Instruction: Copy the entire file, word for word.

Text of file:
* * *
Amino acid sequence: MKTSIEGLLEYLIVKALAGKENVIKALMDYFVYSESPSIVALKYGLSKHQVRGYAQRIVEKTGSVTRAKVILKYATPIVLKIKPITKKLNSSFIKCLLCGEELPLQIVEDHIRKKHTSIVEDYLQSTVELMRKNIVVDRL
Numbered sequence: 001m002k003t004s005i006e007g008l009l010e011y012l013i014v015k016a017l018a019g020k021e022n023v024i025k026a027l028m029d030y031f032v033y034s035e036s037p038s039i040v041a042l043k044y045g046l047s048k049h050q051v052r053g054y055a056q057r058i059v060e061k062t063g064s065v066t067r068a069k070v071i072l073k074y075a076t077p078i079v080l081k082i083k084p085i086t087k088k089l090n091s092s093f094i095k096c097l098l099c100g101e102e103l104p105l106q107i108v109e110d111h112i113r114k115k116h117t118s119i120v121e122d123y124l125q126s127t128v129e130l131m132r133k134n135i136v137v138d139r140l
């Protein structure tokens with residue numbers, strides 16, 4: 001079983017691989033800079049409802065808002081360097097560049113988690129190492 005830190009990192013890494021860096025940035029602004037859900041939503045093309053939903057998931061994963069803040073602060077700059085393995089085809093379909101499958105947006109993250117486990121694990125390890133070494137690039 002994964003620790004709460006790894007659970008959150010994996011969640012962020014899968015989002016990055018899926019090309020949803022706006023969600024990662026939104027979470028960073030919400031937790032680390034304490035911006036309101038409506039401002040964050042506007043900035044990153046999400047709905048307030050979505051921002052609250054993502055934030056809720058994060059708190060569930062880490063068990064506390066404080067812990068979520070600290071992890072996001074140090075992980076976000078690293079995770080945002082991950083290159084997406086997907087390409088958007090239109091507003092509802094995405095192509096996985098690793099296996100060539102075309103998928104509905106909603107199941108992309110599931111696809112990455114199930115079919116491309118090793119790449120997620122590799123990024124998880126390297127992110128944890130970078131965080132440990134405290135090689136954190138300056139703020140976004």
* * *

Amino acid sequence: MKTSIEGLLEYLIVKALAGKENVIKALMDYFVYSESPSIVALKYGLSKHQVRGYAQRIVEKTGSVTRAKVILKYATPIVLKIKPITKKLNSSFIKCLLCGEELPLQIVEDHIRKKHTSIVEDYLQSTVELMRKNIVVDRL
Numbered sequence: 001m002k003t004s005i006e007g008l009l010e011y012l013i014v015k016a017l018a019g020k021e022n023v024i025k026a027l028m029d030y031f032v033y034s035e036s037p038s039i040v041a042l043k044y045g046l047s048k049h050q051v052r053g054y055a056q057r058i059v060e061k062t063g064s065v066t067r068a069k070v071i072l073k074y075a076t077p078i079v080l081k082i083k084p085i086t087k088k089l090n091s092s093f094i095k096c097l098l099c100g101e102e103l104p105l106q107i108v109e110d111h112i113r114k115k116h117t118s119i120v121e122d123y124l125q126s127t128v129e130l131m132r133k134n135i136v137v138d139r140l
């Protein structure tokens with residue numbers, strides 16, 4: 001079983017691989033800079049409802065808002081360097097560049113988690129190492 005830190009990192013890494021860096025940035029602004037859900041939503045093309053939903057998931061994963069803040073602060077700059085393995089085809093379909101499958105947006109993250117486990121694990125390890133070494137690039 002994964003620790004709460006790894007659970008959150010994996011969640012962020014899968015989002016990055018899926019090309020949803022706006023969600024990662026939104027979470028960073030919400031937790032680390034304490035911006036309101038409506039401002040964050042506007043900035044990153046999400047709905048307030050979505051921002052609250054993502055934030056809720058994060059708190060569930062880490063068990064506390066404080067812990068979520070600290071992890072996001074140090075992980076976000078690293079995770080945002082991950083290159084997406086997907087390409088958007090239109091507003092509802094995405095192509096996985098690793099296996100060539102075309103998928104509905106909603107199941108992309110599931111696809112990455114199930115079919116491309118090793119790449120997620122590799123990024124998880126390297127992110128944890130970078131965080132440990134405290135090689136954190138300056139703020140976004």